For the next four hours, we sat there and watched wrestling together for the first time in more than 10 years. We didn’t say a whole lot. That is, until it was time for Hogan and the Rock. As Hogan made his entrance, we both noticed the cheers and my dad even asked me why they were cheering for him since he was supposed to be the bad guy. I told him I didn’t know, but inside I was cheering just as loud.

We’ve all seen the replays dozens of times: The staredown to start, with the crowd going wild.Hogan tossing Rock to the mat out of the opening tie-up, and posing as Rock stared at him in disbelief. Hogan beating the Rock with the weight belt and Rock reciprocating in turn.

One of my favorite WrestleMania moments.
One of my favorite WrestleMania moments.

As the match went on, Rock got the better of Hulk and landed the Rock Bottom. When Hogan kicked out at the 2-count, I lost it. He began to shake his head back and forth while pumping his fists up and down, and before I knew it, I was doing it right along with him.

Quite possibly the biggest mark-out moment of my wrestling fandom.
Quite possibly the biggest mark-out moment of my wrestling fandom.

I jumped out of my chair, and to my surprise, even my dad was literally leaning forward on the edge of his seat. Before I knew it, I was four years old again, screaming in triumph as Hogan hit the three punches, the big boot and the leg drop. Unfortunately for me, that wasn’t how the match ended. The Rock beat Hogan that night, as he should have.  But, before allowing Hogan to leave the ring, Rock insisted that Hogan give the fans a little old-school Hogan posing. And as he did, I’m not ashamed to say, I got a little misty. If I’m in an emotional mood during a rewatch, I still do some days.

Well, as we all know, Hogan’s n.W.o cohorts, Scott Hall and Kevin Nash, didn’t take too kindly to Rock and Hogan shaking hands and playing to the crowd’s desires. The Outsiders turned on Hogan, beginning to administer a beatdown. The Rock intervened, and Hogan and the Rock stood tall together, chasing off the n.W.o.

As Rock and Hogan celebrated together after chasing off Nash and Hall, I thanked my dad for ordering the show. Once I had done that, he told me I was welcome and said he had to catch a little sleep before work. But, he let me finish the show, even though it was over as far as I was concerned. While I wasn’t there live, I was mentally walking out during HHH vs. Chris Jericho just like many fans in attendance. Nothing was going to top Hogan vs. Rock. As I watched the rest of WrestleMania, I thought about how cool it had been to just sit there and watch wrestling with my dad again.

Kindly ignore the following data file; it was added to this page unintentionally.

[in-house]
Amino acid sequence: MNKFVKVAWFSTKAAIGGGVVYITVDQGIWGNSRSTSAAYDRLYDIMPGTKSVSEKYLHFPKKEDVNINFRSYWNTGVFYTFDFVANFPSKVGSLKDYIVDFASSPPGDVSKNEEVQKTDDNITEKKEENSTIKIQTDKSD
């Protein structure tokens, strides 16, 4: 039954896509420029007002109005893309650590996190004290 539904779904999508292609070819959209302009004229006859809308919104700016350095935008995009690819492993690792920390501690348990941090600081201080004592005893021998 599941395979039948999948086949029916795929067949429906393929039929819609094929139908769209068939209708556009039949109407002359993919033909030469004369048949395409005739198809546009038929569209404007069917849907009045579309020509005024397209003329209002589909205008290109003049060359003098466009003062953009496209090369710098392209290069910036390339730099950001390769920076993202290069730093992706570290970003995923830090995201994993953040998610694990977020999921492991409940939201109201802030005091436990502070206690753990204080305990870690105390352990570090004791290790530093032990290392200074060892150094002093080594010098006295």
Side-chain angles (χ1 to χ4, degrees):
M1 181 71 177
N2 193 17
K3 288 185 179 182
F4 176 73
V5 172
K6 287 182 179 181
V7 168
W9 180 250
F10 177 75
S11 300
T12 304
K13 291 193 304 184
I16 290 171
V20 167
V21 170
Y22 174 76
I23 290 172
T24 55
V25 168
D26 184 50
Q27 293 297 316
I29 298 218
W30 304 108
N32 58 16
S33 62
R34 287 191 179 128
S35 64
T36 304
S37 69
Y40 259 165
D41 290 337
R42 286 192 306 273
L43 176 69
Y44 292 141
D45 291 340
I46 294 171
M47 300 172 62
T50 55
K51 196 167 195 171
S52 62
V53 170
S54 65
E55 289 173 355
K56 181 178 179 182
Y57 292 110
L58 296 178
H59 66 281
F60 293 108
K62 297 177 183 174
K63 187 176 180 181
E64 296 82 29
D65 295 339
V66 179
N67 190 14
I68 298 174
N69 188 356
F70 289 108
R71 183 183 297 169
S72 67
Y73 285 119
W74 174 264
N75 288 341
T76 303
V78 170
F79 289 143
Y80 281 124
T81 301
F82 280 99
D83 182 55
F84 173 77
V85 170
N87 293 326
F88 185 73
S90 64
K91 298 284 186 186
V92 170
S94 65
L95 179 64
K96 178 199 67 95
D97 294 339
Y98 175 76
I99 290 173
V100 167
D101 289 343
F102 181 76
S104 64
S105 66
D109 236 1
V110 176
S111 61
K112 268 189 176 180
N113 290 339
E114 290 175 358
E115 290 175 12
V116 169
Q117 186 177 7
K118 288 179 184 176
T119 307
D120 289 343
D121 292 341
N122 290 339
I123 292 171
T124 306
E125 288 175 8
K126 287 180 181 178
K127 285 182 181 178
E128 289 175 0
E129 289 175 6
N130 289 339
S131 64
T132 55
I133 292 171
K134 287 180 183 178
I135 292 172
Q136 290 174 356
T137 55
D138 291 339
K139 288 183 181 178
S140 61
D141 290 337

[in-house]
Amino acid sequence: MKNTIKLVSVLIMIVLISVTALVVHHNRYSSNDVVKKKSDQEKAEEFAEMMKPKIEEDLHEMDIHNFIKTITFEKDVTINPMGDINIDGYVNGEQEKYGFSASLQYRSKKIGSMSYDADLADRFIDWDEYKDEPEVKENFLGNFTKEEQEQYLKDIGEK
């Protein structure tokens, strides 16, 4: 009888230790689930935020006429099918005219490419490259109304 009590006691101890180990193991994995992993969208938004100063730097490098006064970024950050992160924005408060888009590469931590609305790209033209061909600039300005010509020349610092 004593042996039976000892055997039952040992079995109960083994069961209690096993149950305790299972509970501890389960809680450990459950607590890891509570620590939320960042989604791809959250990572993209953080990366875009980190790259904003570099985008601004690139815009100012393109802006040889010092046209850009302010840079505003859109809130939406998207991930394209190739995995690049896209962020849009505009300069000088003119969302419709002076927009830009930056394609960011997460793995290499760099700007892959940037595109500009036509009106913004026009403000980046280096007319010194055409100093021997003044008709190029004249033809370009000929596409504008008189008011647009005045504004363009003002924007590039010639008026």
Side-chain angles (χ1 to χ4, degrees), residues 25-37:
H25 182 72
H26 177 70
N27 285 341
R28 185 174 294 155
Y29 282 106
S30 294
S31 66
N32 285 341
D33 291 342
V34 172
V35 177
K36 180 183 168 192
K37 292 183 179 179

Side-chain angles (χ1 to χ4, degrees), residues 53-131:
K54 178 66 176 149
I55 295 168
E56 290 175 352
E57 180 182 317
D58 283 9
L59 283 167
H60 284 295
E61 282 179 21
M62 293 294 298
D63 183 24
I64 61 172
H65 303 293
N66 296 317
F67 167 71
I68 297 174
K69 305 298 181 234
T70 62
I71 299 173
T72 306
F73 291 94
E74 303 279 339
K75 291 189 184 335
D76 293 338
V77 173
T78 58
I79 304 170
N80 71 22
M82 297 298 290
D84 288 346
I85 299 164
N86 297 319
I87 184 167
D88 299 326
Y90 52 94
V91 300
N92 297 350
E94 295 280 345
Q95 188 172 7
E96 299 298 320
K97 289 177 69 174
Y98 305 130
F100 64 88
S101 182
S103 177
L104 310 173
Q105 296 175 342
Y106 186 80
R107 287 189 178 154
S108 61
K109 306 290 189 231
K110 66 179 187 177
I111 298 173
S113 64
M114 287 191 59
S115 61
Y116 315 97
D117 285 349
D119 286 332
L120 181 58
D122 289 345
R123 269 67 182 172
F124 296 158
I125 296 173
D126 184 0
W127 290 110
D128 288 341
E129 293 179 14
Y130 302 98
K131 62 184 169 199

Well, that wasn’t the end of the journey. The next night on Raw, Hogan stood in the middle of the ring, to massive cheers, and tore off his n.W.o. T-shirt, signifying his official split from the group. Now, Hulk was a full-fledged babyface again. I was pumped about this, but I found myself remembering the good old red-and-yellow days and thinking that black and white just wasn’t the same for conquering hero Hulk Hogan.

Well, I soon got my wish. A couple of weeks later, Hogan was named the No. 1 contender for Triple H’s Undisputed Title, with the match set for Backlash on April 21. During the build to that match, Triple H came out on Smackdown to cut a promo on Hogan. All of a sudden, the sounds of Voodoo Child rang out through the arena, and red and yellow lights began to flash. Hogan came out to the ring decked in the familiar red and yellow, albeit with a bit more flash. The tie-dye, the boas, the sunglasses, the updated Hulkamania t-shirts. I loved (and eventually bought) it all.

Back in the red and yellow, with lots of merchandise for teenage Nick to buy.
Back in the red and yellow, with lots of merchandise for teenage Nick to buy.

Anyway, this left me in the tough position of having to ask my dad for second straight pay-per-view purchase. There was no way in hell I could miss Hogan getting a title shot. This time, however, I didn’t even have to ask my dad to order the show. Upon receiving his bill for WrestleMania, he had decided to figure out a way not to have to worry about paying for extra programming. This was in the days when satellite receivers were controlled by pre-programmed access cards that told the receiver what each person was authorized to watch. Somehow, my dad found a guy in town who knew how to rewrite the cards and could enable you to COMPLETELY LEGALLY access every channel. The only downside, he said, was that sometimes DirecTV could send a remote signal that would disable the card. However, that too could be easily solved, as the card could be reset by simply turning the receiver off, removing the card, replacing it and turning the receiver back on. But, we were assured that this would be a rare problem.